Bridging is when the Ultimaker must print a flat, horizontal part of the model mid air. Although using a support structure for such a part could be a solution, it often works to just bridge the gap without using support. The Ultimaker will have to drag lines of plastic between already printed parts, in a way that the plastic won’t fall down when being printed. This page explains which settings are recommended for the best bridging results.
Orientation of the model
First of all, consider the orientation of the model on the build plate. In some cases you’re better of rotating the model, so that there are fewer/smaller overhanging parts.
To ensure the lines of plastic on the bottom layer of the bridge stick well to the pillars, it’s important to not print too fast. A high print speed will lead to bad adhesion of the plastic to the pillar (the nozzle might drag it around); thus the plastic will fall down. By using a lower print speed the plastic will have more time to properly stick to the pillars, resulting in a good adhesion.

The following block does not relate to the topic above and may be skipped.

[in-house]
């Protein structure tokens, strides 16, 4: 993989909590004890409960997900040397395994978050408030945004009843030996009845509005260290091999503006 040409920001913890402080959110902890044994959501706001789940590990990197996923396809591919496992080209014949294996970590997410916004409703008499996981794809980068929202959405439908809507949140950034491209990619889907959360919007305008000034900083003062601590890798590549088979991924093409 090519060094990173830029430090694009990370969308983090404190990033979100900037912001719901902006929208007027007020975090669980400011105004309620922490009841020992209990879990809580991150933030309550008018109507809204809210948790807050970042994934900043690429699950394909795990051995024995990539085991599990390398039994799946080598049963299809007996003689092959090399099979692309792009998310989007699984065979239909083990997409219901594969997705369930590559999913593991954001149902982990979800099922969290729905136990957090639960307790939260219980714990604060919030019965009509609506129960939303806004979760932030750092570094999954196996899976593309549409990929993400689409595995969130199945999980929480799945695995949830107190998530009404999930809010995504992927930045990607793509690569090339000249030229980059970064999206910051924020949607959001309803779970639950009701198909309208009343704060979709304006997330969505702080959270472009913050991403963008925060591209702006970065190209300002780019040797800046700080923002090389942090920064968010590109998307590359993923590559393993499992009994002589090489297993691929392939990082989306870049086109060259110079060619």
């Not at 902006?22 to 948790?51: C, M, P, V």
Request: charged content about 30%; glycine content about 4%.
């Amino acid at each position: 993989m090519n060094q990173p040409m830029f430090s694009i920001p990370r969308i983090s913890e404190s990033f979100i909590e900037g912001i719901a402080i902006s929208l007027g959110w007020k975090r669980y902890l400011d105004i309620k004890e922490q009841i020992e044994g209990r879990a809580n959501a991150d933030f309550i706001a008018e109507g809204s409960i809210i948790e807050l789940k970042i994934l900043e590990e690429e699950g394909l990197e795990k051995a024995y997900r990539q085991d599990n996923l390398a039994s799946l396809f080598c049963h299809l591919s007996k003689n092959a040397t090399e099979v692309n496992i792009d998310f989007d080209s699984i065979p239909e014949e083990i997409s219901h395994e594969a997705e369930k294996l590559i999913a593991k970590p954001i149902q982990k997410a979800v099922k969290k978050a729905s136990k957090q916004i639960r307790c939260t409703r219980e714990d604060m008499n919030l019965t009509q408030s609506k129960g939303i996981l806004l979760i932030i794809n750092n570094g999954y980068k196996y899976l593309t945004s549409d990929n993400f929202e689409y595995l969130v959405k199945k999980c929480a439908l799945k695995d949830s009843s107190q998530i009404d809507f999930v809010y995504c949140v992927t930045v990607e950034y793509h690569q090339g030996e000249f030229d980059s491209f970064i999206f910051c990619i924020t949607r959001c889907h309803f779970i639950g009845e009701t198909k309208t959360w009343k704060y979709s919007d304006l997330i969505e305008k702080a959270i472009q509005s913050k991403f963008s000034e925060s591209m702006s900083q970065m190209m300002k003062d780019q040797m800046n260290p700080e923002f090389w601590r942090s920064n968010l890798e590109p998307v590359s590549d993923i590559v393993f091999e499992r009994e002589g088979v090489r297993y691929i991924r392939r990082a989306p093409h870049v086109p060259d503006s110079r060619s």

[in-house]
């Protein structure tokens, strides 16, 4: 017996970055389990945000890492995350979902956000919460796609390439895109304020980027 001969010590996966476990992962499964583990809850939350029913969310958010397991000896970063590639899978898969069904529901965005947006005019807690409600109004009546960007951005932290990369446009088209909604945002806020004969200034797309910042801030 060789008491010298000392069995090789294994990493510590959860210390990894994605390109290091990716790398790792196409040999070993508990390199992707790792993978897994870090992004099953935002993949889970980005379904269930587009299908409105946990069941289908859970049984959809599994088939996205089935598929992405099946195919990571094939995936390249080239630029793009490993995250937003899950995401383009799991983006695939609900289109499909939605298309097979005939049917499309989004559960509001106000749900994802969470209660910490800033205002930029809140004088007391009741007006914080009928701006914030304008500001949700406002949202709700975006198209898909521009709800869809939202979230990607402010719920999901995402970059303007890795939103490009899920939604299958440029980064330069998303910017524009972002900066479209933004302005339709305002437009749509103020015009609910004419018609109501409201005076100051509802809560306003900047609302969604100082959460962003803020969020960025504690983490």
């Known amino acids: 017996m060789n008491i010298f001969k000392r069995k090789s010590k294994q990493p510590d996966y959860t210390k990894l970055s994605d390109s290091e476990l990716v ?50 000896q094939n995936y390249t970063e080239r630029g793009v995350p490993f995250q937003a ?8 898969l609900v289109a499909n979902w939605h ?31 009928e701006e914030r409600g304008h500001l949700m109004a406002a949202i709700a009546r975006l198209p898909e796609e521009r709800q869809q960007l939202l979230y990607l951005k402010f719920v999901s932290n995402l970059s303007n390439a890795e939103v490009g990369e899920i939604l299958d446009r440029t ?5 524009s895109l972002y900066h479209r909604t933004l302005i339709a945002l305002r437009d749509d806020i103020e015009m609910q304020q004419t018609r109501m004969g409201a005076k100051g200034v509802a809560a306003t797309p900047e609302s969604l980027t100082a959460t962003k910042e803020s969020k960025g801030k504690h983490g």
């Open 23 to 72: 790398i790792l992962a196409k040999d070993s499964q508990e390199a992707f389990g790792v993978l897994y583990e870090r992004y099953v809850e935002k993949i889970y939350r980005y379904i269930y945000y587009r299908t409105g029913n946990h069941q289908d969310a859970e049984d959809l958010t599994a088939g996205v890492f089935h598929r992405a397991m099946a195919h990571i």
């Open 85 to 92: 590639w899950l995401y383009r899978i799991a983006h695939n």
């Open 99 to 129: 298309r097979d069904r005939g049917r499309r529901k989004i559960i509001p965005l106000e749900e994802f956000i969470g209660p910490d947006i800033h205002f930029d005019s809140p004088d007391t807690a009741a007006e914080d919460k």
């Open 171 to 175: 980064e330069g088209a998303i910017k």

Besides print speed, temperature is also an essential factor for bridging. In general we can say that a lower temperature works better. The reason for this is that the material is less liquid and doesn’t string that easily at a lower temperature. Don’t decrease the temperature too much though; this could lead to under extrusion. A temperature between 180 C and 200 C should work well for PLA for instance (as long as you decrease the speed as well).
Additionally, cooling of the material is also important. Ensure that the print head fans are running at full speed while bridging, to harden the plastic as soon as possible.
If the bridge is positioned close to the build plate, it could also help to decrease the bed temperature a little bit. Due to the heat of the heated bed, the plastic could still be a bit soft, so by lowering the bed temperature you can minimize this effect.
If you feel confident after reading these tips, feel free to put your newly gained knowledge to the test and do the bridge-test yourself.